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How to build a circuit to determine the input sampling rate?
How to build a circuit to determine the input sampling rate?
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Old 12th November 2011, 03:46 PM   #1
Kuro is offline Kuro  Hong Kong
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Default How to build a circuit to determine the input sampling rate?

I'm using a Logitech Transporter.

It has two clock circuits. One running at 11.2896MHz and the other one at 24.576MHz. They correspond to the sampling rate of 44.1K and 48K based music playback.

Now I discover that the clocks are both running at all times. And I found that by disabling one clock (say the 24.576MHz one), the sound of redbook playback is significantly better. I believe the two clock circuits are interfering with each other via the Vcc and GND rails.

My question is, is there a way to build a circuit to detect the incoming sampling rate, so that I can use a relay to power on just one clock and leave the other clock powered off?
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Old 12th November 2011, 04:40 PM   #2
Zero Cool is offline Zero Cool  United States
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Yup, you can use an arduino to count pulses and then trigger a relay. I am doing something similar where i use an arduino to look at the word clock line and light one of six LED's corresponding to 44.1, 48, 88.2, 96khz etc etc.
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Old 12th November 2011, 04:42 PM   #3
Kuro is offline Kuro  Hong Kong
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What exactly is an arduino?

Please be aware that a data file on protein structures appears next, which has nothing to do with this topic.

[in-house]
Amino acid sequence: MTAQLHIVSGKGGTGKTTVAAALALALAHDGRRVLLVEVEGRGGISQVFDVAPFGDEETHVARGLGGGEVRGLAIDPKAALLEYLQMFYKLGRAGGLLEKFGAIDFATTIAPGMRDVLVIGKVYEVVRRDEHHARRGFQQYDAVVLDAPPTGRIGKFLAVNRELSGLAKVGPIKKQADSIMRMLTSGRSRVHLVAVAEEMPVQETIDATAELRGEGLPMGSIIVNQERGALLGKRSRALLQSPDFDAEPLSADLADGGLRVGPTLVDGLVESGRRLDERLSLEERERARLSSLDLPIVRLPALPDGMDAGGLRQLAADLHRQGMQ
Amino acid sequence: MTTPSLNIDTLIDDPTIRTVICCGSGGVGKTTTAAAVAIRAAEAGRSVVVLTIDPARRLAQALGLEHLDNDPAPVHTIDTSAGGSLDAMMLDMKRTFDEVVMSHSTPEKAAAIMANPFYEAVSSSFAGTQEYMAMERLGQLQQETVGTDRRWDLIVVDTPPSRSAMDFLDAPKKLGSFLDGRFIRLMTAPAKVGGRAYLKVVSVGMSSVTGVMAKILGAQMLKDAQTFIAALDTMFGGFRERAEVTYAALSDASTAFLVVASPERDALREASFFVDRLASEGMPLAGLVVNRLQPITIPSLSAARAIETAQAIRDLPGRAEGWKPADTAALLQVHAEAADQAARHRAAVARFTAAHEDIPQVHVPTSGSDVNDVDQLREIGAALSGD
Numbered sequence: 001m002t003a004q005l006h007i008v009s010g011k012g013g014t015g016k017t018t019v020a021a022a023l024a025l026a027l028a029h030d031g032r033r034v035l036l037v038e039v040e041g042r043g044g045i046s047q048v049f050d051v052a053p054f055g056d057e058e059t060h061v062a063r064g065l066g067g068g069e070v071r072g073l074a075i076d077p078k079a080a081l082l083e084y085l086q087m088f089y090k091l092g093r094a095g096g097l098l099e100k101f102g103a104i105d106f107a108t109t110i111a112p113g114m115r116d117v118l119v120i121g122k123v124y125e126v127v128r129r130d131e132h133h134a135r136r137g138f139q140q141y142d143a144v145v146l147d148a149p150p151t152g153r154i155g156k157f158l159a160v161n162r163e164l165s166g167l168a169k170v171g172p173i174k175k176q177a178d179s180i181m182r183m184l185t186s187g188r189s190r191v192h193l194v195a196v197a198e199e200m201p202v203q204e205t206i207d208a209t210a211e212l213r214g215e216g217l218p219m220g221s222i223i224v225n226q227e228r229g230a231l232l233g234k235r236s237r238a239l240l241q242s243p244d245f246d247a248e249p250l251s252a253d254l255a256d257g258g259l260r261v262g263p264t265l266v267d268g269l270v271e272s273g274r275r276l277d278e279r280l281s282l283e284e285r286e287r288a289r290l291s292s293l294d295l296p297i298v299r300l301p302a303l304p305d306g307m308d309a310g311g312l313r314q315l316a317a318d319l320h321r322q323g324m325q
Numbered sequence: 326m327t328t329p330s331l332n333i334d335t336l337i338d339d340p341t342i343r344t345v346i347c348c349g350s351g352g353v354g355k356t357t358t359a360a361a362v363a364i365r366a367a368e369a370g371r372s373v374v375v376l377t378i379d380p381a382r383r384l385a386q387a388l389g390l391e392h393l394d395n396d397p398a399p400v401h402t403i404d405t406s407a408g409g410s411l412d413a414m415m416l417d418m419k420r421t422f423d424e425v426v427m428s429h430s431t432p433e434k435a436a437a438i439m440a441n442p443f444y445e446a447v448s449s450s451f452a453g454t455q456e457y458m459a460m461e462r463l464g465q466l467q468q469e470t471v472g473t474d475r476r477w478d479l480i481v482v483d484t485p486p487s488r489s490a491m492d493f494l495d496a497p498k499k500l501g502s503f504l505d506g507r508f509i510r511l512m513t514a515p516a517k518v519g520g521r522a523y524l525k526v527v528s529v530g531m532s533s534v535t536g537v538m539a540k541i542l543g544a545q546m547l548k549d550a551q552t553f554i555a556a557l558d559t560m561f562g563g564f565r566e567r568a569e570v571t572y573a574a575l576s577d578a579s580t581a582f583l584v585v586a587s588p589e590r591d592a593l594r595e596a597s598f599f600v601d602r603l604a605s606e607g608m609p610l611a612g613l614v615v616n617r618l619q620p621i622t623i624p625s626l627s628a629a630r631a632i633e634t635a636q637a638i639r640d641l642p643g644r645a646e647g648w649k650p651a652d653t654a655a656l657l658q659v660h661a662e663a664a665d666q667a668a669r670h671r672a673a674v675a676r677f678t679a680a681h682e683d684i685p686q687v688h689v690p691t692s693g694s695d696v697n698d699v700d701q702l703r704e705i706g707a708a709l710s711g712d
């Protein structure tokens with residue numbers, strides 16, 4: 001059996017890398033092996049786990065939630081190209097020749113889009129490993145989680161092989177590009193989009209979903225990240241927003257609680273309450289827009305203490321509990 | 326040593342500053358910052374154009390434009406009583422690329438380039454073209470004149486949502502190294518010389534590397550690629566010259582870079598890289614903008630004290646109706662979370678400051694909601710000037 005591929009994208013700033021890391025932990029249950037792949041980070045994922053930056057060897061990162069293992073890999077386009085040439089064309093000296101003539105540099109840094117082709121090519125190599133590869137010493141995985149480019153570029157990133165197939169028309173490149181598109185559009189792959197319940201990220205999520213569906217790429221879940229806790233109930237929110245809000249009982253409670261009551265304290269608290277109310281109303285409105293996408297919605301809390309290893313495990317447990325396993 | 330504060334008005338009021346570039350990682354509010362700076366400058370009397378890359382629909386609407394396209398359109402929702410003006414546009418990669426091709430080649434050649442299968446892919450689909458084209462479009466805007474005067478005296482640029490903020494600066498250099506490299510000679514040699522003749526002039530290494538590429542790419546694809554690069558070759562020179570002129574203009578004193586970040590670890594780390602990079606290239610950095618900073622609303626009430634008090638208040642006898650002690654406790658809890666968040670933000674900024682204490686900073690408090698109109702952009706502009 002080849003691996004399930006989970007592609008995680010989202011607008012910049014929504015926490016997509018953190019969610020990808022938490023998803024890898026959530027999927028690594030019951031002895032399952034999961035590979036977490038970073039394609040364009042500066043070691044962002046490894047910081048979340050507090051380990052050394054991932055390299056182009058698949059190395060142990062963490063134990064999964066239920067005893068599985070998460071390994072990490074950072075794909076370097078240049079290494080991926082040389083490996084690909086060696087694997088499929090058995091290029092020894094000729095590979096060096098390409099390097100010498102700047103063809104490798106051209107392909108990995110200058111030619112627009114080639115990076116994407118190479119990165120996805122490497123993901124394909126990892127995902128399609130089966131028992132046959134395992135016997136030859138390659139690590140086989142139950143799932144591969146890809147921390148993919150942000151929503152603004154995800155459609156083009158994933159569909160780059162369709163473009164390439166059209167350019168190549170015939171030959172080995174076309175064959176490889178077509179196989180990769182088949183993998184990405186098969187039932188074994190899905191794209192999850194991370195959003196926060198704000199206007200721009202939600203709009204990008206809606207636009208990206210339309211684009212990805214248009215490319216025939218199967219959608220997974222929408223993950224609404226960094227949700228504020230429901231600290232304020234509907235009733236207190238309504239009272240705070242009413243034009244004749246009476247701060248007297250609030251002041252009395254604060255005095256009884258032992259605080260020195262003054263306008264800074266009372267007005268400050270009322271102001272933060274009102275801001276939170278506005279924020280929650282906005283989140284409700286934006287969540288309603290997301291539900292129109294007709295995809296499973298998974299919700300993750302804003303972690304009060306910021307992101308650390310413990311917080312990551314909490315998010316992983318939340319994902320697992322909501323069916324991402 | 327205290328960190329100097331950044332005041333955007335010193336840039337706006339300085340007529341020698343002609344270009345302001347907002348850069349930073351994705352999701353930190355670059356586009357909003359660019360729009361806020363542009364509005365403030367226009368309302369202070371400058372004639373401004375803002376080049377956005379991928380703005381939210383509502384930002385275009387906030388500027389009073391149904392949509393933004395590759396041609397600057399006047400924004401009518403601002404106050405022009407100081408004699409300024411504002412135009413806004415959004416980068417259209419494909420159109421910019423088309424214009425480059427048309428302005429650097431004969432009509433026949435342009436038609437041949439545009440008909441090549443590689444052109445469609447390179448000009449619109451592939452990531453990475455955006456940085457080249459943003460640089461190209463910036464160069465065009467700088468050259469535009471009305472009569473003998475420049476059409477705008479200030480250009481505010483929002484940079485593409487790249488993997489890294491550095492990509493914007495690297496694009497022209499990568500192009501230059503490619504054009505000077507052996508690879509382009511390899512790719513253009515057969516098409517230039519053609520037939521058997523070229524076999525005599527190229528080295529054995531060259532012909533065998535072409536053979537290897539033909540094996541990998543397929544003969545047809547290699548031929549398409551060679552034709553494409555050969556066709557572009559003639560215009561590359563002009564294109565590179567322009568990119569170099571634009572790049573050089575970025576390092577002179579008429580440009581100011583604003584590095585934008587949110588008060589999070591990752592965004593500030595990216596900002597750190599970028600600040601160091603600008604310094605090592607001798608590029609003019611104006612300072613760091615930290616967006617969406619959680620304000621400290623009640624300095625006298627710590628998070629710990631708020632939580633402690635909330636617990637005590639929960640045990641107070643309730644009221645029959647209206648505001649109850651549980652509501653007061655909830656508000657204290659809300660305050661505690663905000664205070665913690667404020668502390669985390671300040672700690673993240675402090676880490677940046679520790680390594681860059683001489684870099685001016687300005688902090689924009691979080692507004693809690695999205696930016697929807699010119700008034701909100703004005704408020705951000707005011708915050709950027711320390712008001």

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Old 12th November 2011, 05:49 PM   #4
Zero Cool is offline Zero Cool  United States
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Open source microcontroller

Arduino - Wikipedia, the free encyclopedia

I personally like the chipkit Uno32, it has a faster processor and more I/O pins and is cheaper.

Digilent Inc. - Digital Design Engineer's Source
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Old 13th November 2011, 02:13 AM   #5
Kuro is offline Kuro  Hong Kong
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Quote:
Originally Posted by Zero Cool View Post
Open source microcontroller

I personally like the chipkit Uno32, it has a faster processor and more I/O pins and is cheaper.
I'm trying to avoid having two clocks with different freqs in the circuit loading on Vcc which produces asynchronous noise, and I certainly do not want another microcontroller with yet another clock loading on the Vcc line.

I'm hoping there is a simpler solution to this...
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Old 13th November 2011, 02:56 AM   #6
SoNic_real_one is offline SoNic_real_one  United States
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Quote:
Originally Posted by Kuro View Post
I'm trying to avoid having two clocks with different freqs in the circuit loading on Vcc which produces asynchronous noise